Who owns West Valley Sugar Company? Location and Contact Details.

West valley sugar company is a newly established factory based in Kericho county. This article delves into the story and seeks to establish who owns west valley sugar company, its location and contact details.

The Sh2.8 billion sugar factory set to open in Kericho County was set to begin trial runs in August, hoping to capitalize on the vast potential of the cash crop in the fertile agricultural region.

West Valley Sugar Company Limited managing director Bernard Soi stated that piloting will continue for two months until the project is officially launched in October.

According to Business Daily, The firm’s initial installed capacity of crushing 1,250 tonnes of canes per day (TCD) will be increased to 2,500 tons, and it will cover the sugar belts of Soin-Sigowet, Ainamoi, Kipkelion, Tinderet, Muhoroni, and Nyando.

Who owns West Valley Sugar Company?

The project, which is 75 percent finished, is a subsidiary of the Kipchimchim Group of enterprises, a family-owned company with over 20 multisectoral enterprises under its umbrella.

In a statement to the media, the company’s managing director Benard Soi said that in readiness for their operations, they had embarked on a cane development exercise in our 1,000 acres of nucleus land out of the total 1,500 acres at the company’s disposal.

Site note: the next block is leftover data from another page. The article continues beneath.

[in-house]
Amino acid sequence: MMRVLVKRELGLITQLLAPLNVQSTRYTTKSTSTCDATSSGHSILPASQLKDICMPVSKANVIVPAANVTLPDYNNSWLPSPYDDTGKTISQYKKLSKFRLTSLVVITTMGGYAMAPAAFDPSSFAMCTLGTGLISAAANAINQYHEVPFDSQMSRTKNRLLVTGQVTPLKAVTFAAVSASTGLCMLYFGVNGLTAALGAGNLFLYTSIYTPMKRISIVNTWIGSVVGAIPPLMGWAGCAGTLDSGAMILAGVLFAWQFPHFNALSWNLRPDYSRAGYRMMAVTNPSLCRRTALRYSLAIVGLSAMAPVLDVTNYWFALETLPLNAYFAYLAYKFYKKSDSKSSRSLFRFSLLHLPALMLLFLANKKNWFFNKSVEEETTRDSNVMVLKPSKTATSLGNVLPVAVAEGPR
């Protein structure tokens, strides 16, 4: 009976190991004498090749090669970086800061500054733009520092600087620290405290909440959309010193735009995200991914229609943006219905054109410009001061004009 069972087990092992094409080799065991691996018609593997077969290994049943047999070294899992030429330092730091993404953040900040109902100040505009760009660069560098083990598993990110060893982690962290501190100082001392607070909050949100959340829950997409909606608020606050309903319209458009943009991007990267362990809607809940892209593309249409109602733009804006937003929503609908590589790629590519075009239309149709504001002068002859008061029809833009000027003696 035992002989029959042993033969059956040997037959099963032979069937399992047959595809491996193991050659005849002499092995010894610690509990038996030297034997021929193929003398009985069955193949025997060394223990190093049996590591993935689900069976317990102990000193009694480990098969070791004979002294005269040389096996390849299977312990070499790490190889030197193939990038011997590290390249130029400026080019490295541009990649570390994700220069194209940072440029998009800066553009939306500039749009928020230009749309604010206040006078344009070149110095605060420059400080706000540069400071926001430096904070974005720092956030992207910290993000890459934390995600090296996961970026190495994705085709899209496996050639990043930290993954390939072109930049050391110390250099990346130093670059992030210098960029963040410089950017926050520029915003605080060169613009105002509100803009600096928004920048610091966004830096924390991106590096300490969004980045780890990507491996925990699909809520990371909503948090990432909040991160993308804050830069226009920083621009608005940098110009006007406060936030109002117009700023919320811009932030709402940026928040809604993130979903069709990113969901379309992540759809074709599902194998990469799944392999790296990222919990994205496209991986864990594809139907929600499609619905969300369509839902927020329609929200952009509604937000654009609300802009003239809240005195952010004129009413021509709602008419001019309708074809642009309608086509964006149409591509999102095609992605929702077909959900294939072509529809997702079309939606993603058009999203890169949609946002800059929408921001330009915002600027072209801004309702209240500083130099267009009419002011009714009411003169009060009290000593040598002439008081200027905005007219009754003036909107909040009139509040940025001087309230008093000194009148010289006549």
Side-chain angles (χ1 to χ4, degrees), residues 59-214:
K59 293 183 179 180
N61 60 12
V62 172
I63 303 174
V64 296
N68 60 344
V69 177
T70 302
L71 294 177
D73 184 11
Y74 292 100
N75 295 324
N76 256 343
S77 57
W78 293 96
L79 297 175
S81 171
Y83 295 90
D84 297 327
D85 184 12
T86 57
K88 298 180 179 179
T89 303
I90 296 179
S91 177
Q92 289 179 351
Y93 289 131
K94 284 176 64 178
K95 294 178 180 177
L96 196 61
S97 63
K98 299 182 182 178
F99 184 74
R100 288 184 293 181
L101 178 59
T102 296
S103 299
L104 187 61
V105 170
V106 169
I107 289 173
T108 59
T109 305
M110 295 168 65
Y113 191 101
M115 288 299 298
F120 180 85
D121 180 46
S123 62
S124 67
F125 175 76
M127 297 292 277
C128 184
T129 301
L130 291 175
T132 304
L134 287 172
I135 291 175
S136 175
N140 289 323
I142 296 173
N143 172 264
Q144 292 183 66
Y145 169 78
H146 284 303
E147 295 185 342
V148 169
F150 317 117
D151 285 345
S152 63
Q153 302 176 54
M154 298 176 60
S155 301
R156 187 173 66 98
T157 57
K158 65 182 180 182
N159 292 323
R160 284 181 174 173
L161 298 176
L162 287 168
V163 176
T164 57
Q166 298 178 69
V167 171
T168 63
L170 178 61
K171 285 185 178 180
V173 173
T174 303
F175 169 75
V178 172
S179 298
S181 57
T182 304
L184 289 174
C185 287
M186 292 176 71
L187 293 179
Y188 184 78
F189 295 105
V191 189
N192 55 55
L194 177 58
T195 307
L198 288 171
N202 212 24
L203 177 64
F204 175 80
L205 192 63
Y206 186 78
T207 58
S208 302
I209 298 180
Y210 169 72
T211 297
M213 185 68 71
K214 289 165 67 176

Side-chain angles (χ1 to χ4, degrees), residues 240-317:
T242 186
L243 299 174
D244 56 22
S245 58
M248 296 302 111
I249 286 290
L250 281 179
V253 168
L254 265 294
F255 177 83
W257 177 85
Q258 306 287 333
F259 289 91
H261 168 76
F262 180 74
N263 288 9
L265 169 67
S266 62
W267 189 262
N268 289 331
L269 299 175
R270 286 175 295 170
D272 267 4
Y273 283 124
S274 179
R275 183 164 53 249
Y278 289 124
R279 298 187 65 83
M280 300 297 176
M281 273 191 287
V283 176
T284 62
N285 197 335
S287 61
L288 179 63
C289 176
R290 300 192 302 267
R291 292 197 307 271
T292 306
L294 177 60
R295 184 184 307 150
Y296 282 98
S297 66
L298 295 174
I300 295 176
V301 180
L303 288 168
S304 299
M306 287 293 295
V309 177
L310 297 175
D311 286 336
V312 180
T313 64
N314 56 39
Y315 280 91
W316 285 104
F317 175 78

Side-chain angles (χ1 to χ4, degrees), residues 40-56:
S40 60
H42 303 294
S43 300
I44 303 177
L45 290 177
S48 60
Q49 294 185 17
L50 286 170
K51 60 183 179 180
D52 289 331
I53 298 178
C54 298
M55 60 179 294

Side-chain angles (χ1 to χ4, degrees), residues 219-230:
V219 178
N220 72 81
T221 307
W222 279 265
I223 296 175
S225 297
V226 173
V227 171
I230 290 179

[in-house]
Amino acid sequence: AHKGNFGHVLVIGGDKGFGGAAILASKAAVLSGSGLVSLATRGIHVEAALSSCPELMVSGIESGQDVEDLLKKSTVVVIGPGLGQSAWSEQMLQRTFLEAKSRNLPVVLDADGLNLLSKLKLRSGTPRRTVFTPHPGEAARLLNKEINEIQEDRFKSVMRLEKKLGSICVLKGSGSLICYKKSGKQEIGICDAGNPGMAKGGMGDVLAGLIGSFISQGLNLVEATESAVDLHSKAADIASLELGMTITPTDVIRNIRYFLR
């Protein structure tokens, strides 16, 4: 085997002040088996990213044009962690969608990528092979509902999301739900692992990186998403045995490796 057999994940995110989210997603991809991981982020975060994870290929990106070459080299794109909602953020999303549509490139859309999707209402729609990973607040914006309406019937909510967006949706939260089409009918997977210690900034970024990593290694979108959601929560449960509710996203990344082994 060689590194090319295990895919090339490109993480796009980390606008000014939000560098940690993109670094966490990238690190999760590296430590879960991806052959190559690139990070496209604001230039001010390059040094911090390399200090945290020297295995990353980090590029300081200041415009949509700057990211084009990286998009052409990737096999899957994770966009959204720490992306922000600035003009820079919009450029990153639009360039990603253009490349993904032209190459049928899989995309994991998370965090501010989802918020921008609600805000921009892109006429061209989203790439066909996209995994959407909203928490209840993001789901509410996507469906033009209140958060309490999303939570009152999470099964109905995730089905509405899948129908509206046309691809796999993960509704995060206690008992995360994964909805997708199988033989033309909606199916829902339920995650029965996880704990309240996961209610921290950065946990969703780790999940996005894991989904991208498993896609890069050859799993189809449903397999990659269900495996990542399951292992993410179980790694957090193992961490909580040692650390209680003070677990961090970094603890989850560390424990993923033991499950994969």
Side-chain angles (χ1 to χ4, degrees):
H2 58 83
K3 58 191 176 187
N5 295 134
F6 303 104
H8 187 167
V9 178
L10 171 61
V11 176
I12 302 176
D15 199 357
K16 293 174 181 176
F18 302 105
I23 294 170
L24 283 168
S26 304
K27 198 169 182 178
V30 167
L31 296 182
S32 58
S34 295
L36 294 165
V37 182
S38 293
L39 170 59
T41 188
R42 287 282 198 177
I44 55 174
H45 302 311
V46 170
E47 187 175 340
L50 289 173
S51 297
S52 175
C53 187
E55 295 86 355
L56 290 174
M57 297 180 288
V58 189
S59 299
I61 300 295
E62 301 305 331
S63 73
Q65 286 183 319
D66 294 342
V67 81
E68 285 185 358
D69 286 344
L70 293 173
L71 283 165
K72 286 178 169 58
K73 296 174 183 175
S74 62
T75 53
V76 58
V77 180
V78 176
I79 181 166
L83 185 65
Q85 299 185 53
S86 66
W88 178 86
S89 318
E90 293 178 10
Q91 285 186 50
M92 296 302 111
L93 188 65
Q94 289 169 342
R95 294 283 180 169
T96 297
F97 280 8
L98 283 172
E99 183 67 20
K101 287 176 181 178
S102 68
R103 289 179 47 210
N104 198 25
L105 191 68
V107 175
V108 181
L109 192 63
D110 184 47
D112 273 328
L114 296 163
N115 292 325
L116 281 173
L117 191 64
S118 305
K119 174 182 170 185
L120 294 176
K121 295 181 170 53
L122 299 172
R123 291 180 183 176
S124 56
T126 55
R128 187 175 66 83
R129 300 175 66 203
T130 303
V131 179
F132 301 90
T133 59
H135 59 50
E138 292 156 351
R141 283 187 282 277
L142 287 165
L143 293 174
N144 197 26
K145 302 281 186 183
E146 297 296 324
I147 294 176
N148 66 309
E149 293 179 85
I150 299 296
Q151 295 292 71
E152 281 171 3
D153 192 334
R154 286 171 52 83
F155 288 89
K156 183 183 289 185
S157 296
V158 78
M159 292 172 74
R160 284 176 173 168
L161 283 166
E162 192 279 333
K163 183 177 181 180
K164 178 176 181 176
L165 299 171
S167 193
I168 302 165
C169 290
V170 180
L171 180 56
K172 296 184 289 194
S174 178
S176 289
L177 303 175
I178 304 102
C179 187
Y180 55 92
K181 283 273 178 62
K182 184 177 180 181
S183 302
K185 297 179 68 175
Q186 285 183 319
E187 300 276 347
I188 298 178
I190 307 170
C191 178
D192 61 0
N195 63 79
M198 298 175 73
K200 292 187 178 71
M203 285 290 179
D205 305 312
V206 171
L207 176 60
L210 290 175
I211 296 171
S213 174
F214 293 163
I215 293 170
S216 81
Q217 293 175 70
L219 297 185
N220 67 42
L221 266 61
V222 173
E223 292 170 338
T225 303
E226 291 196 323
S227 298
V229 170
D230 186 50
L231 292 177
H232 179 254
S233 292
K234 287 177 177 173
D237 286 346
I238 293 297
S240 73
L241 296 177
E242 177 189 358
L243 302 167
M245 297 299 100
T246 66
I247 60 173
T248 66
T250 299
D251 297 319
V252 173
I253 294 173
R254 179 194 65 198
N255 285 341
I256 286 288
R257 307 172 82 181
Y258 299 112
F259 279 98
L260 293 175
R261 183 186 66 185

The new entrant, on the other hand, has entered into an arrangement with over 6,000 small-scale out-grower farmers to supply services such as land preparation, extension services, and inputs such as seed canes and fertilizers, among other things.

“West Valley will offer a big relief to farmers who were forced to incur more costs in transportation of the bulky product for more than 100km,” Mr. Soi told reporters.

He stated that the project, which will be situated in Kapkormom in the Soin-Sigowet constituency, will provide approximately 1,000 direct jobs and 6,000 indirect jobs to both locals and non-locals.

“Other than 60 expatriates who are currently on site, we have more than 200 locals working day and night to complete the project ahead of schedule,” Mr. Soi told reporters.

Kericho County currently produces up to 3,600 TCD, which is shipped to neighboring millers, according to him.

“This could however double once farmers are sure there is a mill close to them,” Mr. Soi said.

Excess bagasse will be used to make chipboards and briquettes for use in firing boilers in neighboring tea manufacturers.